It's the applications, stupid

It's always written that the first Presidential candidate Clinton posted, "It's the economy, stupid!" as a banner marquee in his campaign office during his premiere run. This saying supposedly helped focus the staff, resulting in a surprise win for the Democrats.

Well, if you're reading computer security headlines these days, we should all have "It's the client applications, stupid!" in our war rooms. Nothing I'm saying in this blog post is news. I just want to reiterate it so that everyone is on the same page.

Most of today's popular operating systems are becoming fairly hardened at the OS and OSI layers 1 to 3. Remote attacks, where the end-user is not involved at all, are becoming almost a rarity. They are not gone completely, but they are becoming far less prevalent than attacks involving their end-user and installed client applications.

This was reinforced at the CanSecWest conference, which had a hacking contest pitting fully patched versions of Windows versus Mac OS X and Ubuntu Linux. The first day's competition offered a US$20,000 prize for remote exploit hacking. No one claimed the prize, and that's a good thing. There may be remote exploits that would work -- there's bound to be in the larger world of crimeware -- but most contestants waited until day two, when hacking on the box was allowed. Day two required that the hacking be conducted using only default installed software. The Mac was felled in two minutes using a Safari exploit by professional white hat hacker Charlie Miller to gain a US$10,000 prize. I've interviewed Charlie Miller before, and his knowledge of Mac hacking is solid.

The other two computers didn't fall that day.

Day three, with a US$5,000 prize, allowed "common" applications to be installed and hacked locally. On day two, several unsuccessful hackers said aloud that they couldn't wait until day three and for Flash to be installed. Sure enough, the Windows Vista machine was felled by a vulnerability in the Flash software. Apparently the default defenses of Vista's SP1 kept the hackers at bay for several hours, but they were eventually able to circumvent the protections using another third-party application installed on day three, Sun Java.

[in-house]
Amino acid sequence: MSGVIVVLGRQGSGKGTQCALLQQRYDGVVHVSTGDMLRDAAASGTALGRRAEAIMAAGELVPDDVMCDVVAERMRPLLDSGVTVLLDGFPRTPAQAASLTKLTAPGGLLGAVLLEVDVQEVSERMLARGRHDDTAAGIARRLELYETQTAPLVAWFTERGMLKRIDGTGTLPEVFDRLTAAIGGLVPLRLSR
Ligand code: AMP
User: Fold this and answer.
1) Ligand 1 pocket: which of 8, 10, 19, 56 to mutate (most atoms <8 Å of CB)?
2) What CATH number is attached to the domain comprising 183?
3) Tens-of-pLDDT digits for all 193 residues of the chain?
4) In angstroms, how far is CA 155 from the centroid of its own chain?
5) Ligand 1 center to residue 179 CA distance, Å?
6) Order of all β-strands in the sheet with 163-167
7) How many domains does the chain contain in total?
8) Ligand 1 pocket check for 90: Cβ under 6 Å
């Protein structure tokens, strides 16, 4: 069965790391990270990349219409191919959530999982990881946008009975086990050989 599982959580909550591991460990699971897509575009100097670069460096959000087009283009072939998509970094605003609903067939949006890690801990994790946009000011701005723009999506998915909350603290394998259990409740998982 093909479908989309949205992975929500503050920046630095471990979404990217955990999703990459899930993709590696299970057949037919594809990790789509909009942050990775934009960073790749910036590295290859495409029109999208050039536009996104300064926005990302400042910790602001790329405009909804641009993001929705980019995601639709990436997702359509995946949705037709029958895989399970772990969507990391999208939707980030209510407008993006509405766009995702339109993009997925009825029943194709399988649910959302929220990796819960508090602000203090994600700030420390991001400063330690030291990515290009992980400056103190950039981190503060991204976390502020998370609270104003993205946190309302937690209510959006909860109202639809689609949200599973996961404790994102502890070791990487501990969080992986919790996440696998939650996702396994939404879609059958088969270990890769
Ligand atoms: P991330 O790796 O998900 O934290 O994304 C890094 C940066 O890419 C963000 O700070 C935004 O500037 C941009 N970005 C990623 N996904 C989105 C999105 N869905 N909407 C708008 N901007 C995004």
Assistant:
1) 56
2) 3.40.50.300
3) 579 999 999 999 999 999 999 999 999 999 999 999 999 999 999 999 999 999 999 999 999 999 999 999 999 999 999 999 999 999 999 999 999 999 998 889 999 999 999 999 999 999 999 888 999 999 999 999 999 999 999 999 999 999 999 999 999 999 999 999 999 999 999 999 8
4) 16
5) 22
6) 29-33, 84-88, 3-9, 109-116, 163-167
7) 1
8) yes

To be honest, the hacking contest results alone don't really mean much. There's nothing to say that Vista or Ubuntu couldn't have been hacked just as fast on day two (other than they weren't). Charlie Miller obviously had the Safari zero-day in his back pocket and pulled it out to win some money. The winner of day three said the Flash vulnerability could have been equally successful on either of the other two platforms.

So Windows, Mac, and Linux zealots don't really have any more ammunition to attack each other after the contest than they had before. And the positive note was that none of the computers were felled by remote exploits, which, when they exist, can be devastating. That's good for everyone, no matter which platform you are partial to. And the contest did reinforce the idea that client-side applications are the biggest threat. If it isn't something purely browser related, it's a media player, content reviewer, productivity application, or browser plug-in. Most, but not all, require the end-user to click on a link, download content, or execute a file.

If your applications are unpatched, it is much more likely that simply visiting a Web site can silently infect your computer. And remember, visiting only well-known, legitimate Web sites is no longer a defense.

The bad guys (and girls) are using mostly legitimate, well-known Web sites to spread their malware. If you can think of the Web site's name that you visit frequently -- and I mean any Web site -- there is a high likelihood that it was, at least once, infected by malware that spread to visiting users. Even anti-malware vendor Web sites are falling like hot potatoes. Many of the Web sites unknowingly carried malicious advertisements in their banner ads. Others are hacked using Web site vulnerabilities, PHP issues, SQL injection, and so on.

The defenses are to make sure your systems are fully patched, both OS and applications, and to educate your end-users about client-side vulnerabilities:

1. Client-side vulnerabilities are one of the biggest threats they face 2. They can no longer automatically trusted legitimate, well-known Web sites 3. Pictures, video, and active content (such as Flash) can be used to take over their PCs 4. Do not install unapproved client applications

Day after day, I read about how some large store, bank, or government site was taken over by a client-side-initiated attack. Many system administrators are struggling with improving their security. Let this column be your banner.

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Roger A. Grimes

InfoWorld

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